On a business visit to Houston three years ago, Israeli real estate agent-turned-educator Eran Dubovi accepted a suggestion from Lee Wunsch, executive director of the city’s Jewish federation. Go see a certain public school in southwest Houston, Wunsch said.
Near the end of the 2007-08 academic year, some unusual news about one class at the Solomon Schechter School of Manhattan came home to Miriam Akabas and her daughter Ariel and other families of then-fifth-grade students: there would be no boys in the school’s sixth-grade class the following year.
For various unconnected reasons, several families of end-of-year fifth-graders were moving from New York City; seven of the departing students were boys, all the males in the class.
American schools have been teaching foreign languages from the earliest days of the republic and yet most Americans are like Mark Twain’s “Innocents Abroad” trying to speak French to the French: “We never did succeed in making those idiots understand their own language.”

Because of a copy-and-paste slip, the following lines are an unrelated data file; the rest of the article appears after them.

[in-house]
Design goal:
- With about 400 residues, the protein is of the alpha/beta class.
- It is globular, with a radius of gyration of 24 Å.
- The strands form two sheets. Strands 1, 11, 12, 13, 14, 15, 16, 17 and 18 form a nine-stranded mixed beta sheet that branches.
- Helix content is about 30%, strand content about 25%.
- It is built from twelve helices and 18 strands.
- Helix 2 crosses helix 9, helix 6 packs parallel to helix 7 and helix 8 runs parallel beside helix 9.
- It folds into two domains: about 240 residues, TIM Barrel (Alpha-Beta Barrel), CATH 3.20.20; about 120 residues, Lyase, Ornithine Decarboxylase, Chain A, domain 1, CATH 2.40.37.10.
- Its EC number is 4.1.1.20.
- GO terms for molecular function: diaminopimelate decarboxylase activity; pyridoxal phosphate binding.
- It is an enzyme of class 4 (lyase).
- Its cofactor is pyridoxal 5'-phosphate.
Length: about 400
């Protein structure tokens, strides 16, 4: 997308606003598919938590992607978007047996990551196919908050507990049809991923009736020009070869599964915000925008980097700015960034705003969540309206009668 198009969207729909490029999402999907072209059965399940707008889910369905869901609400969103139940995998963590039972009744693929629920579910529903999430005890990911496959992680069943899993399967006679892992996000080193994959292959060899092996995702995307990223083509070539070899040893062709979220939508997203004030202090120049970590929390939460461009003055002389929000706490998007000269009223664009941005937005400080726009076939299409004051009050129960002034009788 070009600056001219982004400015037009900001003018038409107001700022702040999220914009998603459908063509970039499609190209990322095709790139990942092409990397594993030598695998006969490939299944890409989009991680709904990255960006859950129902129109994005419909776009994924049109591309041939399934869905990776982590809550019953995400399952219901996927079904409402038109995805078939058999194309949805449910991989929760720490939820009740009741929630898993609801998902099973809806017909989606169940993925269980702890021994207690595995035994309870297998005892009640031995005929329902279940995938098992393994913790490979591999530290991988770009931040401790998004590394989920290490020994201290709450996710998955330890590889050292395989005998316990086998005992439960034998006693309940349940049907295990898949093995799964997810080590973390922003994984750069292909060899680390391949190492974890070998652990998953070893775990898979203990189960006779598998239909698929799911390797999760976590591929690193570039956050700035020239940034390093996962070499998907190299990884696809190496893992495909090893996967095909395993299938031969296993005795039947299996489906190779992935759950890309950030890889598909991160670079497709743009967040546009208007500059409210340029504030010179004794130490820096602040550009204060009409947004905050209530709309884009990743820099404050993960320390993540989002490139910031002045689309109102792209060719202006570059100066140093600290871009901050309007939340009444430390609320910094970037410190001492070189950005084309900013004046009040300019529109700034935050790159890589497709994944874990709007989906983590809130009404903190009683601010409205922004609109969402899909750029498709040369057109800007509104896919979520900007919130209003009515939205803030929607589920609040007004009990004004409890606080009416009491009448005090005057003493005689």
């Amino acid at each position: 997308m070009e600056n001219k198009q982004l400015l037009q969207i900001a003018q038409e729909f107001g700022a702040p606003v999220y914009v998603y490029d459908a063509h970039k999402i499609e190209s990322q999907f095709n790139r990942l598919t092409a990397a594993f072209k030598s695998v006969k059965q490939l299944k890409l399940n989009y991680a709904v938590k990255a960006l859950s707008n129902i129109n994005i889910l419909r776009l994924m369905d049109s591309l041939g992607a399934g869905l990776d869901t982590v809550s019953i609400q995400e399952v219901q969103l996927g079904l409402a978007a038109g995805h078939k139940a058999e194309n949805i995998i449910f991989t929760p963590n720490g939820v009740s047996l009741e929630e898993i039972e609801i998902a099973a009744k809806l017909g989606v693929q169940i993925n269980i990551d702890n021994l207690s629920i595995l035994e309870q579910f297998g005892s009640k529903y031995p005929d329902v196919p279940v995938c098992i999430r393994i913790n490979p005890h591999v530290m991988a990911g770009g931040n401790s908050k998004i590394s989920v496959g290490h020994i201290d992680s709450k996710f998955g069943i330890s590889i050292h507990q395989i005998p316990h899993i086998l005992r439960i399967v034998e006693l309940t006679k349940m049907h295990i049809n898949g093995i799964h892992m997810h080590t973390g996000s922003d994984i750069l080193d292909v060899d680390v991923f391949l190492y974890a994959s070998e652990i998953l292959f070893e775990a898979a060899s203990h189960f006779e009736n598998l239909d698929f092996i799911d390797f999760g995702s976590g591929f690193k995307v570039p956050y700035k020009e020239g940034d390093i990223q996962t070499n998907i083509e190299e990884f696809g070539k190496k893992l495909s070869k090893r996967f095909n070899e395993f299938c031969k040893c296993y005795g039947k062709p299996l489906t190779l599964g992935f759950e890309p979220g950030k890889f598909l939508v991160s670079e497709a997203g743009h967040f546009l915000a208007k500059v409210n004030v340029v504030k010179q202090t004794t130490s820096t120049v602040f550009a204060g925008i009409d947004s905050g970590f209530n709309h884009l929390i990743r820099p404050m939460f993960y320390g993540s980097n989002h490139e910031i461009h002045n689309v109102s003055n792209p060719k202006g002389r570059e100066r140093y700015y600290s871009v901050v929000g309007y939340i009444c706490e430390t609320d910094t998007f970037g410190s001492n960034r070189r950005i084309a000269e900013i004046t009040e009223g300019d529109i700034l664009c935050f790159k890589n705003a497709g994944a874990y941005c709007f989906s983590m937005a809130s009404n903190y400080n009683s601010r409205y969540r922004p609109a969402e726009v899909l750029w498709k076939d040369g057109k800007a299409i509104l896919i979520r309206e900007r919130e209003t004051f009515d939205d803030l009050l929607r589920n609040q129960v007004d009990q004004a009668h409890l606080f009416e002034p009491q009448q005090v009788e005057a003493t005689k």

But after 9/11 and the intifada, there’s no room for “innocents.” Yeshiva high schools that have long offered French, Spanish and even Latin, along with Hebrew, are now teaching Israel’s other official language: Arabic.
The biblical story of Samson and Delilah came alive recently for a group of 14 senior citizens who, in looking for parallels in today’s world, cited the cases of former Gov. Eliot Spitzer and former President Bill Clinton.
Even Michelle Obama and her heritage became the subject of debate.
The women, residents of the Gurwin Jewish-Fay J. Lindner Residences, an assisted living facility in Commack, L.I., were speaking of how Samson’s love for Delilah led him to reveal the secret of his superhuman strength.